Werner Herzog's Cave of Forgotten Dreams is an extraordinary film. If you're an artist or an archaeology nut, go and see it on the biggest screen you can manage, in 3D. Ignore the fact that it's repetitive, and ignore most of the bits when people are talking. It's worth it just for the incredible footage of prehistoric art from 30,000 years ago.
The artistic style of these ancient painters was unexpected. Egyptian and Babylonian art, some 25,000 years later, is highly stylized, with simple outlines and profile views. These images of horses, lions, and other animals are often fully shaded, with 3/4 views.
The 3D gives you a real sense of the shape of the rocks and how the paintings flow over them, and the camera gets in so close you can see every line, from the subtle shading on a horse's mouth to the fur on a bison's shaggy mane. It's more than you'd ever see if you went there, and you'll never be allowed inside the cave anyway because the environment is so fragile. It is a quite breathtaking cinematic experience.
So why the title of this piece?
I was already familiar with the cave paintings and the prehistory, and was mostly just absorbed in the imagery rather than listening to the narration. The one thing that really struck me was this little lady, who got a mention in passing.
She's the Venus of Hohle Fels, and at around 35,000 BC, she's the oldest piece of figurative art in the world. She's less than three inches high, she was found in 2008, and she's one of the most important milestones in human history.
She was carved from a mammoth tusk at about the time Homo sapiens and Homo neanderthalensis were jockeying for supremacy. Neanderthals, contrary to what we all believed when I grew up, were stronger and smarter than sapiens. They had bigger brains, and as far as we can tell, they had similar social organisation, similar weapons, and comparable technology. Yet the inferior sapiens - that's us - won.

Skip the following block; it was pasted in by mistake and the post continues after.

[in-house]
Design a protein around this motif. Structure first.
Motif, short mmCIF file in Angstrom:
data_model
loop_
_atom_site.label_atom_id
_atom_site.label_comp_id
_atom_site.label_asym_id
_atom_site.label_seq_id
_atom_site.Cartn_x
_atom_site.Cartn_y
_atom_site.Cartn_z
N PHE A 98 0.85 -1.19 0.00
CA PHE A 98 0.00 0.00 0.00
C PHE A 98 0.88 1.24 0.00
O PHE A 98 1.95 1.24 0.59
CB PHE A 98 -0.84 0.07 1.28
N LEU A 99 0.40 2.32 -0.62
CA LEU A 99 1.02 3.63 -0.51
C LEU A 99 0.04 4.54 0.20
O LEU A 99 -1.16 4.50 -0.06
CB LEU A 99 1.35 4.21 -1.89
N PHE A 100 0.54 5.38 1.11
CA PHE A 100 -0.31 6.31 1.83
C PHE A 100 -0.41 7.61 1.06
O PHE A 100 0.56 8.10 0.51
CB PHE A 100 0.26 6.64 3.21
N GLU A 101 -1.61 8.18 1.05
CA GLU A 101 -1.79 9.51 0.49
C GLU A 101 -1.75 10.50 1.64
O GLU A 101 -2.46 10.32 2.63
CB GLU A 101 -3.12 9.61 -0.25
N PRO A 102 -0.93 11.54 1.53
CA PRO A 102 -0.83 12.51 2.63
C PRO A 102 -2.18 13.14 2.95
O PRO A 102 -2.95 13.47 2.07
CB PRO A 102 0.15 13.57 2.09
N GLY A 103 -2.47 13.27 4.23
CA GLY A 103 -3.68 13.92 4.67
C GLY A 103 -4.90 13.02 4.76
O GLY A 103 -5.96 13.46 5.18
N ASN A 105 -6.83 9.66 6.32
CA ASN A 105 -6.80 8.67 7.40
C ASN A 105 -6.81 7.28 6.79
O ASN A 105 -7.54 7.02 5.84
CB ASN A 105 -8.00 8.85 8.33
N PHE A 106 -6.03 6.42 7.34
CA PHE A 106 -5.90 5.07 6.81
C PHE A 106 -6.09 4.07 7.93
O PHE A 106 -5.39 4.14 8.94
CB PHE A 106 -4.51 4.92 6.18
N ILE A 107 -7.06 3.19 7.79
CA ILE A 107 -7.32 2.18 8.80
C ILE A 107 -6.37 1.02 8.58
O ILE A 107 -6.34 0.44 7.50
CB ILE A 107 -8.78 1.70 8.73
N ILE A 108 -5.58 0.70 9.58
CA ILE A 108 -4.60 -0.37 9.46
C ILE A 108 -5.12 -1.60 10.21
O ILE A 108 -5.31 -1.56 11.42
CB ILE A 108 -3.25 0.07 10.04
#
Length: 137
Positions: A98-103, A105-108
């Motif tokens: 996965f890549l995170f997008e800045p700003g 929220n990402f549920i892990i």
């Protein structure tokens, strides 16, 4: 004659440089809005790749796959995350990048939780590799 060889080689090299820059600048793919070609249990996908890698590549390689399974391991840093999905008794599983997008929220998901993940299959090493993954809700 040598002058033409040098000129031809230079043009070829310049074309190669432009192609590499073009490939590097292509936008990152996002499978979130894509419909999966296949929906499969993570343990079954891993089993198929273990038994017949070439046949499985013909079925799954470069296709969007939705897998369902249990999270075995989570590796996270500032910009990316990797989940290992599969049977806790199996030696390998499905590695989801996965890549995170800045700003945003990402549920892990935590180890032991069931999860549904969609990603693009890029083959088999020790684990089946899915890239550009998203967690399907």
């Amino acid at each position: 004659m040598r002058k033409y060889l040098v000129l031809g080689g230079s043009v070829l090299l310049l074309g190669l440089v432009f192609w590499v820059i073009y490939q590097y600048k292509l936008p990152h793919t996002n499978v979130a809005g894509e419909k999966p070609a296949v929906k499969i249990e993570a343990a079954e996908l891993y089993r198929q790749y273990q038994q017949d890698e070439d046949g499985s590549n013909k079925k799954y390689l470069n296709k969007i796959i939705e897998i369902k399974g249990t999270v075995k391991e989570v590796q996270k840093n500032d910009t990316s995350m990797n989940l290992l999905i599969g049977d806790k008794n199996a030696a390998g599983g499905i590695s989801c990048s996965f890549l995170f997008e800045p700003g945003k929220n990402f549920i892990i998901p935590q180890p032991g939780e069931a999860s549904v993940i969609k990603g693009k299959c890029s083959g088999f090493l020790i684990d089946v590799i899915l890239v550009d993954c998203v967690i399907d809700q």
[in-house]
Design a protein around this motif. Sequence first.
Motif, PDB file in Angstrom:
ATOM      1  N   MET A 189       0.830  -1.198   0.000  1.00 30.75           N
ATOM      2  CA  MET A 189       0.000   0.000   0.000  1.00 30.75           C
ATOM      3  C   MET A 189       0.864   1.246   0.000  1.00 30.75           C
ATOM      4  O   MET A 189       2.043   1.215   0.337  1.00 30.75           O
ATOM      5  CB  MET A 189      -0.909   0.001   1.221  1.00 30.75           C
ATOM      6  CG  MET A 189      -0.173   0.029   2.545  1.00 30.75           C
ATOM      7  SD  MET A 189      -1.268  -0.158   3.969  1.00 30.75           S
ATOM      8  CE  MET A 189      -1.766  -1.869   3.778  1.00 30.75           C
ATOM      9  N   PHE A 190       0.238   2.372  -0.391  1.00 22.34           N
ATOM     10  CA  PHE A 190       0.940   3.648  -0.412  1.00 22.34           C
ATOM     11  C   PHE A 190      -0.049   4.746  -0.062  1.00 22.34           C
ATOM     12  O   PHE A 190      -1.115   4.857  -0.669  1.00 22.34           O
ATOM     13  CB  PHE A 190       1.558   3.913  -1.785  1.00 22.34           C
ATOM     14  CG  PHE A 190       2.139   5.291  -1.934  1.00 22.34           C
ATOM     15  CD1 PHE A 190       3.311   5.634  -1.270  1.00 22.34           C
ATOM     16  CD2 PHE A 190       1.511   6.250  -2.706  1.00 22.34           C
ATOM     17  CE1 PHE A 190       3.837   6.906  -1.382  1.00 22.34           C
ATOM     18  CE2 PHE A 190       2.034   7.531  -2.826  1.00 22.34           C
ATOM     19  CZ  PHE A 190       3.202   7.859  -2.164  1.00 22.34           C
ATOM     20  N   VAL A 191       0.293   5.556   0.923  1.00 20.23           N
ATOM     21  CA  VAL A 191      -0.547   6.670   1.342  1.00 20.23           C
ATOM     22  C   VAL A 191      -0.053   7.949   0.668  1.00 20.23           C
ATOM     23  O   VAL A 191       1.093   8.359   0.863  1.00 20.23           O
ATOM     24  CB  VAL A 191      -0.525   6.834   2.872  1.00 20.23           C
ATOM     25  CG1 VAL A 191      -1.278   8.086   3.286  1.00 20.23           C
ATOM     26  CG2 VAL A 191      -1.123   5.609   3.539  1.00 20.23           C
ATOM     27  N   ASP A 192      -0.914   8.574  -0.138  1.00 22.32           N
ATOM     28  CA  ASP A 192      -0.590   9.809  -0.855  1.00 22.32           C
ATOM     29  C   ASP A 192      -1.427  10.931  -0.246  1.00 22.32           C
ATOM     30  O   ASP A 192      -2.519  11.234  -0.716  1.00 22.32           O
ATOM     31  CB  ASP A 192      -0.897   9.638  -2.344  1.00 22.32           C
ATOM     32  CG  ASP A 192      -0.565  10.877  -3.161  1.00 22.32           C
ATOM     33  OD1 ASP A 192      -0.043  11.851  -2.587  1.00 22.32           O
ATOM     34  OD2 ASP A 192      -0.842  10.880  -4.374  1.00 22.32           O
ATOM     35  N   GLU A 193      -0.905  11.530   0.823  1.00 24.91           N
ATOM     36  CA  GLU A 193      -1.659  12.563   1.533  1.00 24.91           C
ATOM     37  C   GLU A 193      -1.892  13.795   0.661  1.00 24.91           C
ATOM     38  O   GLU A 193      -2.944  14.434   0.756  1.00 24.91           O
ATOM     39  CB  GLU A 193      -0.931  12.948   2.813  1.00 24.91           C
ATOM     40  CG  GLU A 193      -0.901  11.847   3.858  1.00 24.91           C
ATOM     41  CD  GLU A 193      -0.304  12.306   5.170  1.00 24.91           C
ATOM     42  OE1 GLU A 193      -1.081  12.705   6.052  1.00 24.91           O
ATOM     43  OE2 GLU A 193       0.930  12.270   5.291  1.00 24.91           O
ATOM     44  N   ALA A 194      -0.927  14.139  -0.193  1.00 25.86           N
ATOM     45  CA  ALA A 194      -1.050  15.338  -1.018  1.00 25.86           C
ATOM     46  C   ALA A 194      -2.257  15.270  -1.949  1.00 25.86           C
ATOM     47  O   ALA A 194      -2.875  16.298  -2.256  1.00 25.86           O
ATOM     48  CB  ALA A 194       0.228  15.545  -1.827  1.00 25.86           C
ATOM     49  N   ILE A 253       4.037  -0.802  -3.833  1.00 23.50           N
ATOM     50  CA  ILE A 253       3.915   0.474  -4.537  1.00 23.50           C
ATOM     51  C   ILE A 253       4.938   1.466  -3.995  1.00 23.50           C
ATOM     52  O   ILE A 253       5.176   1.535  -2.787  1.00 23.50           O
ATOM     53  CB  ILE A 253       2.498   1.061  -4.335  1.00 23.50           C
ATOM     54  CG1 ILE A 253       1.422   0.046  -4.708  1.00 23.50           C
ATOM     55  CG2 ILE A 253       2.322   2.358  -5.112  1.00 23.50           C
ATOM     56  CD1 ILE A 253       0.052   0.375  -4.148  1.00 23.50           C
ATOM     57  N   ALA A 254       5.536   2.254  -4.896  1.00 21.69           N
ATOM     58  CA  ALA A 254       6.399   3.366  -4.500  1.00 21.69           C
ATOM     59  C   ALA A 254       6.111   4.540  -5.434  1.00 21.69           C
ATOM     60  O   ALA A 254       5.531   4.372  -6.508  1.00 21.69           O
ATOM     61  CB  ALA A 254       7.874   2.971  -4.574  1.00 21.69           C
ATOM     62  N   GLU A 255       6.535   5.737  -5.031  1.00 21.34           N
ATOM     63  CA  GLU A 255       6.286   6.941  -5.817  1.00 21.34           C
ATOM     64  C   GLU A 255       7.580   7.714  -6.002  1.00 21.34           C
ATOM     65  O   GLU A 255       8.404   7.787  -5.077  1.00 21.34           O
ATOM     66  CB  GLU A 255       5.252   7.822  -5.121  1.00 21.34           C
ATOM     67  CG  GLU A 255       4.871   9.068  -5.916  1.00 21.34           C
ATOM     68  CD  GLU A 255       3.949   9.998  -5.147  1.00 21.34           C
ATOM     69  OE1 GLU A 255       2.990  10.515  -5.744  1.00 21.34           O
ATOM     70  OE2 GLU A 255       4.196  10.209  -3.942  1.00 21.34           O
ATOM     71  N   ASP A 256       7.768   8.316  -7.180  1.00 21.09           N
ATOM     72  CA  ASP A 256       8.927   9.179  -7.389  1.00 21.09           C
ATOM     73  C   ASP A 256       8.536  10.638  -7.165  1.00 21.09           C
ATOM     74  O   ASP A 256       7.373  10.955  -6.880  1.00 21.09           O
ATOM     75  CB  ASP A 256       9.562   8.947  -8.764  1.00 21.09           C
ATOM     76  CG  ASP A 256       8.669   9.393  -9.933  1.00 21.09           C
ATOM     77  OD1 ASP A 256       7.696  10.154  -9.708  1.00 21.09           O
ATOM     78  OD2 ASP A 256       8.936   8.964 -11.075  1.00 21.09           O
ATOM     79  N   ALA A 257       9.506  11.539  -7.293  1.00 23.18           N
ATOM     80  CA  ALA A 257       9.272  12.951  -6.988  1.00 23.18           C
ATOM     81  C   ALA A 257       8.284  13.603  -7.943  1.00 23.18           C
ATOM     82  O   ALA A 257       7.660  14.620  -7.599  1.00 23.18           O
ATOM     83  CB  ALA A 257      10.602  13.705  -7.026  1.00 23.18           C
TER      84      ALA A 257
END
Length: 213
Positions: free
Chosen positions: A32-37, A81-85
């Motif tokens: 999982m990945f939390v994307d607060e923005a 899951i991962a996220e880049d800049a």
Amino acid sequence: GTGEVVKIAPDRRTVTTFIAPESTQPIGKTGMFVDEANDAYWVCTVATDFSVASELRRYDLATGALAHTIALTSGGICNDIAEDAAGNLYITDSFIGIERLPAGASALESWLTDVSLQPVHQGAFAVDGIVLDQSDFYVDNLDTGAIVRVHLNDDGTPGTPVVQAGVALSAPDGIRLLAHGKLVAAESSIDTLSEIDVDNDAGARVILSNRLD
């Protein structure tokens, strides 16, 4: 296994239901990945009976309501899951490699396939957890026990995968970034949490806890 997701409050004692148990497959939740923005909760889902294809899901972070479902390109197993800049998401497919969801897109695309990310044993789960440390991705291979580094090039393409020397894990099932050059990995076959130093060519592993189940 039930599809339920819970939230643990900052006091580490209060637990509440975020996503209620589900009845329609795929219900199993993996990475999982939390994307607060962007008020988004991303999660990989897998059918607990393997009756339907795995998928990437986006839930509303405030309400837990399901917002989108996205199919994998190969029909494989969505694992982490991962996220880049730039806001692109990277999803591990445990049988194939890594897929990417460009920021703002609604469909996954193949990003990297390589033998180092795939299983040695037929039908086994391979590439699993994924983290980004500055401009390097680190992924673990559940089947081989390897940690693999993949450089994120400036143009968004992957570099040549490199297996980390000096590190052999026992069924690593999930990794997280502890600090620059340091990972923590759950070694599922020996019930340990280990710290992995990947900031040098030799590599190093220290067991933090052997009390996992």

So what was the difference? Well, the only thing archaeologists can point to is that Homo sapiens created art. He learned to make symbolic representations of his world. Which, apparently, paves the way for religion, stories, and a whole bunch of new forms of thinking. And just look at what the very first sculptors made - carvings of women with oversized breasts. An ancient fertility icon, or the prehistoric equivalent of Playboy? We don't know. We'll never know. But we do know that it's what made the difference between the winners and the losers in the struggle between two species for global supremacy.
So, archaeologically speaking at least, that's what makes us human. An appreciation of boobs.
Because otherwise, we'd all be Neanderthals.